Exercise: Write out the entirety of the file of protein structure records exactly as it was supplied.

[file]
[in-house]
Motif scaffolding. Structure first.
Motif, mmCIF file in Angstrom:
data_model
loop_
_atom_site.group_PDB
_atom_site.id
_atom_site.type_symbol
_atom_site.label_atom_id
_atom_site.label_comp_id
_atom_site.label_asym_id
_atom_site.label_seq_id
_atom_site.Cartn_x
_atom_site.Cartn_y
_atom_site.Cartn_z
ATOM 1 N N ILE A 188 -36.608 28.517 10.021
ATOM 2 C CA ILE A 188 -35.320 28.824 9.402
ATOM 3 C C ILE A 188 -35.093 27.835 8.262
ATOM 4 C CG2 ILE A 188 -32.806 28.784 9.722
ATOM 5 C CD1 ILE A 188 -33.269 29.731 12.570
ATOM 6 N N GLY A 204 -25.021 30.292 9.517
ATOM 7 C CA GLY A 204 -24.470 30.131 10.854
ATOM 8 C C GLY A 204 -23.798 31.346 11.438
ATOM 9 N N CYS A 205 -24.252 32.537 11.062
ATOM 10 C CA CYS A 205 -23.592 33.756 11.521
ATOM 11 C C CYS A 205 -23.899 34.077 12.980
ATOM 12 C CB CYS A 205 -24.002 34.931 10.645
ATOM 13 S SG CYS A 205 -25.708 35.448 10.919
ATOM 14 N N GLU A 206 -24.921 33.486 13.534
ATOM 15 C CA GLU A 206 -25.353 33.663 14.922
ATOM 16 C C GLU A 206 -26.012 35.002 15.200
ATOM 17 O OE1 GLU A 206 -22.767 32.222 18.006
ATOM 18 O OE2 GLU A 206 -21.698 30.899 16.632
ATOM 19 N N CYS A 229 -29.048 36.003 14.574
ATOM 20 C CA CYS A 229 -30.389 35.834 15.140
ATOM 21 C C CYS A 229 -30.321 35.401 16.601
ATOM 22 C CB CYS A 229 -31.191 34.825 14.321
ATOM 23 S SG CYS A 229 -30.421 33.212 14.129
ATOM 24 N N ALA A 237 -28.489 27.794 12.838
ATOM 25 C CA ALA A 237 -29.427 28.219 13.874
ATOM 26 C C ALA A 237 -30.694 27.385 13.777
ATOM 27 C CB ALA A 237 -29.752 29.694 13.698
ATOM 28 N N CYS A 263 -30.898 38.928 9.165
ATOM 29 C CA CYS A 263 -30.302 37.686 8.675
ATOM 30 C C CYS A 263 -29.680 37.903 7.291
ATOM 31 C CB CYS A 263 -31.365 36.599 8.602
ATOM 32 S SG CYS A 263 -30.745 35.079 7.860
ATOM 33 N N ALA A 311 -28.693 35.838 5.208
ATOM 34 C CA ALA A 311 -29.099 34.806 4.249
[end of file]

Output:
[in-house]
Motif scaffolding. Structure first.
Motif, mmCIF file in Angstrom:
data_model
loop_
_atom_site.group_PDB
_atom_site.id
_atom_site.type_symbol
_atom_site.label_atom_id
_atom_site.label_comp_id
_atom_site.label_asym_id
_atom_site.label_seq_id
_atom_site.Cartn_x
_atom_site.Cartn_y
_atom_site.Cartn_z
ATOM 1 N N ILE A 188 -36.608 28.517 10.021
ATOM 2 C CA ILE A 188 -35.320 28.824 9.402
ATOM 3 C C ILE A 188 -35.093 27.835 8.262
ATOM 4 C CG2 ILE A 188 -32.806 28.784 9.722
ATOM 5 C CD1 ILE A 188 -33.269 29.731 12.570
ATOM 6 N N GLY A 204 -25.021 30.292 9.517
ATOM 7 C CA GLY A 204 -24.470 30.131 10.854
ATOM 8 C C GLY A 204 -23.798 31.346 11.438
ATOM 9 N N CYS A 205 -24.252 32.537 11.062
ATOM 10 C CA CYS A 205 -23.592 33.756 11.521
ATOM 11 C C CYS A 205 -23.899 34.077 12.980
ATOM 12 C CB CYS A 205 -24.002 34.931 10.645
ATOM 13 S SG CYS A 205 -25.708 35.448 10.919
ATOM 14 N N GLU A 206 -24.921 33.486 13.534
ATOM 15 C CA GLU A 206 -25.353 33.663 14.922
ATOM 16 C C GLU A 206 -26.012 35.002 15.200
ATOM 17 O OE1 GLU A 206 -22.767 32.222 18.006
ATOM 18 O OE2 GLU A 206 -21.698 30.899 16.632
ATOM 19 N N CYS A 229 -29.048 36.003 14.574
ATOM 20 C CA CYS A 229 -30.389 35.834 15.140
ATOM 21 C C CYS A 229 -30.321 35.401 16.601
ATOM 22 C CB CYS A 229 -31.191 34.825 14.321
ATOM 23 S SG CYS A 229 -30.421 33.212 14.129
ATOM 24 N N ALA A 237 -28.489 27.794 12.838
ATOM 25 C CA ALA A 237 -29.427 28.219 13.874
ATOM 26 C C ALA A 237 -30.694 27.385 13.777
ATOM 27 C CB ALA A 237 -29.752 29.694 13.698
ATOM 28 N N CYS A 263 -30.898 38.928 9.165
ATOM 29 C CA CYS A 263 -30.302 37.686 8.675
ATOM 30 C C CYS A 263 -29.680 37.903 7.291
ATOM 31 C CB CYS A 263 -31.365 36.599 8.602
ATOM 32 S SG CYS A 263 -30.745 35.079 7.860
ATOM 33 N N ALA A 311 -28.693 35.838 5.208
ATOM 34 C CA ALA A 311 -29.099 34.806 4.249